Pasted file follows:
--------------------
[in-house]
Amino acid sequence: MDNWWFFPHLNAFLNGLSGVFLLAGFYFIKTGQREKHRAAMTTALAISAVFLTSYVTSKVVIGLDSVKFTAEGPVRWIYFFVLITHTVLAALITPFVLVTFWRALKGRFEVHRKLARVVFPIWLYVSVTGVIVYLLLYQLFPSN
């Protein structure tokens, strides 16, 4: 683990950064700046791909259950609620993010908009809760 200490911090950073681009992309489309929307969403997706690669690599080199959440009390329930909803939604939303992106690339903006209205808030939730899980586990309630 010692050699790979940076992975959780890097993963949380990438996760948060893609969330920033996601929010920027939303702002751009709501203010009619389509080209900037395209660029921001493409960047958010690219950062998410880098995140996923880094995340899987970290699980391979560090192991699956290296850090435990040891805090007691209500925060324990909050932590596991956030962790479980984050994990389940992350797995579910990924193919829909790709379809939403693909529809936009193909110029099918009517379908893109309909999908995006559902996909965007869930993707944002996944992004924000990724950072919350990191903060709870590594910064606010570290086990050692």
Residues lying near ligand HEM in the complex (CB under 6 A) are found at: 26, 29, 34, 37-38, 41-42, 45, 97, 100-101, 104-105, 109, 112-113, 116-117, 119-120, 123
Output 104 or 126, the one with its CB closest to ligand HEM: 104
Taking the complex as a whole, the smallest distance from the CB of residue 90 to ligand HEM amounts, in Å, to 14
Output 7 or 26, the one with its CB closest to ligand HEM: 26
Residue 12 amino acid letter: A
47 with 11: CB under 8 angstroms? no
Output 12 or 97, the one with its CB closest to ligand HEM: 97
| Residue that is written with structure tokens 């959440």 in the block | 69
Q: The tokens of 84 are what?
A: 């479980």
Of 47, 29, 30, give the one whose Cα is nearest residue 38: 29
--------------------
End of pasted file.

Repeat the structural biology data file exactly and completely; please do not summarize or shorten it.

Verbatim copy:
[in-house]
Amino acid sequence: MDNWWFFPHLNAFLNGLSGVFLLAGFYFIKTGQREKHRAAMTTALAISAVFLTSYVTSKVVIGLDSVKFTAEGPVRWIYFFVLITHTVLAALITPFVLVTFWRALKGRFEVHRKLARVVFPIWLYVSVTGVIVYLLLYQLFPSN
């Protein structure tokens, strides 16, 4: 683990950064700046791909259950609620993010908009809760 200490911090950073681009992309489309929307969403997706690669690599080199959440009390329930909803939604939303992106690339903006209205808030939730899980586990309630 010692050699790979940076992975959780890097993963949380990438996760948060893609969330920033996601929010920027939303702002751009709501203010009619389509080209900037395209660029921001493409960047958010690219950062998410880098995140996923880094995340899987970290699980391979560090192991699956290296850090435990040891805090007691209500925060324990909050932590596991956030962790479980984050994990389940992350797995579910990924193919829909790709379809939403693909529809936009193909110029099918009517379908893109309909999908995006559902996909965007869930993707944002996944992004924000990724950072919350990191903060709870590594910064606010570290086990050692």
Residues lying near ligand HEM in the complex (CB under 6 A) are found at: 26, 29, 34, 37-38, 41-42, 45, 97, 100-101, 104-105, 109, 112-113, 116-117, 119-120, 123
Output 104 or 126, the one with its CB closest to ligand HEM: 104
Taking the complex as a whole, the smallest distance from the CB of residue 90 to ligand HEM amounts, in Å, to 14
Output 7 or 26, the one with its CB closest to ligand HEM: 26
Residue 12 amino acid letter: A
47 with 11: CB under 8 angstroms? no
Output 12 or 97, the one with its CB closest to ligand HEM: 97
| Residue that is written with structure tokens 């959440």 in the block | 69
Q: The tokens of 84 are what?
A: 């479980």
Of 47, 29, 30, give the one whose Cα is nearest residue 38: 29